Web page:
Selective lateral pelvic lymph node dissection: a comparative study of the robotic versus laparoscopic approach
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Lateral pelvic lymph node dissection (LPND) is a challenging procedure due to its technical difficulty and higher incidence of surgical morbidity. We compared short-term outcomes between laparoscopic and robotic LPND in patients with rectal cancer.
Between May 2006 and December 2014, prospectively collected data from consecutive patients undergoing robotic or laparoscopic total mesorectal excision (TME) with LPND were retrospectively compared. Patients’ demographics, perioperative outcomes, functional results, and initial oncologic outcomes were analyzed.
Fifty and 35 patients underwent robotic or laparoscopic TME with LPND, respectively. Bilateral LPND was performed in 10 patients (20%) in the robotic group and 6 (17.1%) in the laparoscopic group. For unilateral pelvic dissection, the mean operative time was not significantly different between groups (robotic vs. laparoscopic group, 41.0 ± 15.8 min vs. 35.3 ± 13.4 min; P = 0.146), but the EBL was significantly lower in the robotic group (34.6 ± 21.9 mL vs. 50.6 ± 23.8 mL; P = 0.002). Two patients (4.0%) in the robotic group and 7 (20.0%) in the laparoscopic group underwent Foley catheter reinsertion for urinary retention postoperatively (P = 0.029). The mean number of harvested lateral pelvic lymph nodes (LPNs) was 6.6 (range 0–25) in the robotic group and 6.4 (range 1–14) in the laparoscopic group. Pathologic LPN metastatic rate was not different between groups (robotic vs. laparoscopic group, 28.0 vs. 41.2%; P = 0.243). During the median follow-up of 26.3 months, overall recurrence rate was not different between groups (robotic vs. laparoscopic group, 30.0 vs. 31.2%; P = 0.850). Three patients (6.0%) in the robotic group and 4 (11.4%) in the laparoscopic group developed local recurrence (P = 0.653).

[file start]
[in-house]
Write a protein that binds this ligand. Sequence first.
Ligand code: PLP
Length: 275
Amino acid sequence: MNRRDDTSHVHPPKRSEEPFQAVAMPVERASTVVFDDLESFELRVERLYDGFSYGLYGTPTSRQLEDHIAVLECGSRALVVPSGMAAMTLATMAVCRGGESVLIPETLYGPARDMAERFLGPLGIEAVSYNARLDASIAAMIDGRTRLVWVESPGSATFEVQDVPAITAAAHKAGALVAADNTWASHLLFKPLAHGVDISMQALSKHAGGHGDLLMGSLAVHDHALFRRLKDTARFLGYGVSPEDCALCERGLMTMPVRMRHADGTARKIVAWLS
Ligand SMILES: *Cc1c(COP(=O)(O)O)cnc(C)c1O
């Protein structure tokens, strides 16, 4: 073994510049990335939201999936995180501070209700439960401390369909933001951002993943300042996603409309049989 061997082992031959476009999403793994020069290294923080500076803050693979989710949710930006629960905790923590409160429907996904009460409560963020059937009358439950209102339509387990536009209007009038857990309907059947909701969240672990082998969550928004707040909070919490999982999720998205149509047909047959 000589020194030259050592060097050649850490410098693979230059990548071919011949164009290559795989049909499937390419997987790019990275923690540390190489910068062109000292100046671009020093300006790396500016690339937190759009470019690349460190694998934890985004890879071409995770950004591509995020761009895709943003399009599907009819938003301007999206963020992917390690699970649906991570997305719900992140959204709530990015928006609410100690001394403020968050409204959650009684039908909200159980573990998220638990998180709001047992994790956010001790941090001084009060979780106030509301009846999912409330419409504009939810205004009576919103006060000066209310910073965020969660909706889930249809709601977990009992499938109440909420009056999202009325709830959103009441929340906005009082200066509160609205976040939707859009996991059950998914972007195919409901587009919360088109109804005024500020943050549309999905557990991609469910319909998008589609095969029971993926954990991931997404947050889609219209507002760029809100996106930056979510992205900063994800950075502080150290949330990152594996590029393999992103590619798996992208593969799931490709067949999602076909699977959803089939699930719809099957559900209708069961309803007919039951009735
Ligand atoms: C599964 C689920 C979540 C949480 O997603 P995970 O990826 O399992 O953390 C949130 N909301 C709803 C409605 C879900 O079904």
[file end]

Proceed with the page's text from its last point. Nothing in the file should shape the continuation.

Robotic TME with LPND is safe and feasible with favorable short-term surgical outcomes.
KeywordsRobotic surgery Lateral pelvic lymph node dissection Laparoscopic surgery
This research was supported by Basic Science Research Program through the National Research Foundation of Korea (NRF) funded by the Ministry of Science, ICT and Future Planning (2016R1C1B2016002).
HJK—analysis and writing of the manuscript. G-SC—responsibility to correspondence and study proposal. JSP, SYP, HJL, ITW, and IKP—enrollment of patients, data collection, and study proposal.
Compliance with ethical standards
Dr. Hye Jin Kim, Gyu-Seog Choi, Jun Seok Park, Soo Yeun Park, Hee Jae Lee, In Taek Woo, and In Kyu Park have no conflicts of interest or financial ties to disclose.
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